The Best (Vegan) Chocolate Cake II

The very best chocolate cake that just so happens to be vegan 

So I already have a lovely chocolate cake recipe that used to be my staple for years, and I think I posted a vegan chocolate cake recipe aaaages ago (but this one is better), and any baker will tell you that even if you have the perfect recipe, you’ll continue to tinker around and try new variations because it gets boring to follow the same recipe time in time out. Plus you can never have too much chocolate cake, and this one is my new favourite. I know you’ll love it just as much as I do, so I thought I would share it with you.

a slice of dark, decadent vegan chocolate cake

I get a lot of requests for eggless recipes on the Youtube channel and I’ve seen this recipe circulate the internet for a while, so I decided to try it out. The result is what I’d describe as magical, the type of cake you whip up for birthdays or celebrations, that you eat by the forkful for a late night bite.

Here are some notes to keep in mind for the recipe-

In the video, I mixed the wet ingredients first and then added the dry ingredients, but I think it’s actually simpler to do it the other way around.

I doubled the icing recipe because I wanted to cover the cake in rosettes.

a dark, decadent vegan chocolate cake in all its glory

I used the same recipe as I did for the last chocolate cake recipe (except double for the rosettes) but if you’re not vegan, of course you can make the frosting with butter instead of vegan butter and regular milk instead of non-dairy milk.

If you’re not going to pipe rosettes around the cake, you’ll only need half the icing recipe as the one listed, so divide all the ingredient quantities for the icing by 1/2.

This cake is also a perfect for toying around- if you’d like to add chocolate, or use Guinness instead of water, etc. However you choose to make this cake, it’ll be demolished.

a slice of dark, decadent vegan chocolate cake

The Best (Vegan) Chocolate cake II


For the cake
  • 2 cups (400 g) sugar (raw, granulated or brown are all fine)
  • 2 cups (500 mL) boiling hot water
  • 1/2 cup (125 mL) coconut oil, melted (or vegetable oil)
  • 1 tbsp vinegar
  • 2 tsp instant espresso powder
  • 2 tsp baking soda
  • 1 tsp salt
  • 1 cup (100 g) unsweetened cocoa powder
  • 2 cups (300 g) all-purpose flour
For the chocolate buttercream** (see note)
  • 1 cup vegan butter (or regular if you're not vegan)
  • 1 and 1/3 cup (130 g) cocoa powder
  • 6 cups (725 g) confectioner's/icing sugar
  • 2/3 cup (160 mL) non-dairy milk (or regular if not vegan)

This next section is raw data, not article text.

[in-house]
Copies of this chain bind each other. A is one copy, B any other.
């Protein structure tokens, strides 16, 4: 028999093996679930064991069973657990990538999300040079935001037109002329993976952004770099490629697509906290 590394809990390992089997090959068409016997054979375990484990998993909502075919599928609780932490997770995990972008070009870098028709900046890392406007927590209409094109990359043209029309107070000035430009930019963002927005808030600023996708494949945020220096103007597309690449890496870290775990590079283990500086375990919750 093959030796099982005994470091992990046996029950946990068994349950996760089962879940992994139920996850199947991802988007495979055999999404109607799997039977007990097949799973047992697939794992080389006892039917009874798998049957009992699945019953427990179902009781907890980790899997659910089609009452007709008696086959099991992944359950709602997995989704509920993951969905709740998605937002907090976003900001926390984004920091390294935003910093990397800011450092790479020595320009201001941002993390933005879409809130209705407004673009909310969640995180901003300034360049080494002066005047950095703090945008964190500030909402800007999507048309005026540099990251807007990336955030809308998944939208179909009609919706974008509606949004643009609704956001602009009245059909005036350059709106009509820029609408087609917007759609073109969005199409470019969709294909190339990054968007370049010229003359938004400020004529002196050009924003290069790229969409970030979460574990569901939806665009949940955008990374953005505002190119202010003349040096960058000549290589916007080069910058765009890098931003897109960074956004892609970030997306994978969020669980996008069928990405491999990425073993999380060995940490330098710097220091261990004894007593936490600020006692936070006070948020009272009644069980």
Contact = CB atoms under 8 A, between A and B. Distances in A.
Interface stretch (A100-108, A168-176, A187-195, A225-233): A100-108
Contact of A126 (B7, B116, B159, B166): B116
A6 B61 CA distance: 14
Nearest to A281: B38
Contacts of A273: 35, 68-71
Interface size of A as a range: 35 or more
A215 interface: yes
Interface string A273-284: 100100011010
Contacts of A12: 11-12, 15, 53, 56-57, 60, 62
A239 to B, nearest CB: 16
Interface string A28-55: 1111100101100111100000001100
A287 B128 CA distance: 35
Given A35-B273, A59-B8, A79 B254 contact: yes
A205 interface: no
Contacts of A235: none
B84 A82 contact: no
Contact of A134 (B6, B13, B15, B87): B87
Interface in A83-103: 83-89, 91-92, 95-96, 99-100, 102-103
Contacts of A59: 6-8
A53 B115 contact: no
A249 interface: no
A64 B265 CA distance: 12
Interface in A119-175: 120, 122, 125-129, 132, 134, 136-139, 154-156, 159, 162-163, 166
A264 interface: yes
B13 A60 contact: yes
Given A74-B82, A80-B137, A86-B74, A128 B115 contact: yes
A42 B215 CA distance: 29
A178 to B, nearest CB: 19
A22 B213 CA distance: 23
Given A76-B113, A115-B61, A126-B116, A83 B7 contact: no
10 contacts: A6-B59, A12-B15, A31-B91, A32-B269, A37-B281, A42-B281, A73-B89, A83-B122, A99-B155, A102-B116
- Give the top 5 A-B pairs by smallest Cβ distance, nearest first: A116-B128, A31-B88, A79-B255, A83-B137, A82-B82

• 2 tsp vanilla extract
  • 1/2 tsp salt


For the cake:
  1. Preheat the oven to 180 C or 350 F.
  2. Generously butter 2 8-inch (20 cm) cake pans, then line the bottom with parchment paper and dust with flour. You can also use a bundt pan (but you'll need to increase the baking time to an hour or longer), or 9 inch (22/24 cm) cake pans.
  3. Next, you'll need to mix all the cake ingredients together. In the video, I mix all the 'wet' ingredients (sugar, water, oil, vinegar) then add the dry ingredients (espresso powder, baking soda, salt, cocoa powder, flour). However, I find it's actually easier to mix all the dry ingredients first and then add the wet ingredients.
  4. When the batter is smooth, divide it between the two cake pans and bake for 20-25 min or until a toothpick inserted comes out clean.
  5. Let the cakes cool completely before frosting.
For the chocolate buttercream:  NOTE: if you don't want to cover the cake in buttercream rosettes, you only need 1/2 of the icing recipe, so make sure to adjust the ingredient quantities accordingly.
  1. Melt the butter either over a low flame or in the microwave for 1-2 minutes, stirring every 15-30 seconds.
  2. Stir in the cocoa powder, salt, and vanilla.
  3. Alternate the confectioner's sugar with the milk, beating well until smooth, an electric mixer makes it easier to beat.
  4. Taste, and add more salt and vanilla as needed.
Assembling the cake: 
  1. Run a knife around the edges of the cake pan and flip it over to release the cake. Do this with the other pan as well.
  2. If the cakes formed a dome while baking, use a serrated knife to trim it off.
  3. Dab a small amount of icing on your cake stand/plate, then place one of the cakes, bottom side up onto the plate.
  4. Add a generous amount of icing (between 1/2-3/4 cup) on top of the cake, and spread out evenly.
  5. Place the second cake top-side up, making sure the sides of both cakes match.
  6. Cover the cake with a thin layer of the icing.
  7. Spoon the rest into a piping bag fitted with a 1M star tipped nozzle.
  8. Cover the cake in buttercream rosettes (see video).
The frosted cake stores well for several days at room temperature, and up to 2 weeks if kept in a sealed container and refrigerated. If you want to freeze the cakes, wrap each one well in plastic wrap and freeze for 1-2 months. Thaw well before frosting.
NOTE: if you don't want to cover the cake in buttercream rosettes, you only need 1/2 of the icing recipe, so make sure to adjust the ingredient quantities accordingly.
Cake recipe adapted from the one and only Nigella, icing recipe from Hershey's (the back of the cocoa powder box)

a dark, decadent vegan chocolate cake

a slice of dark, decadent vegan chocolate cake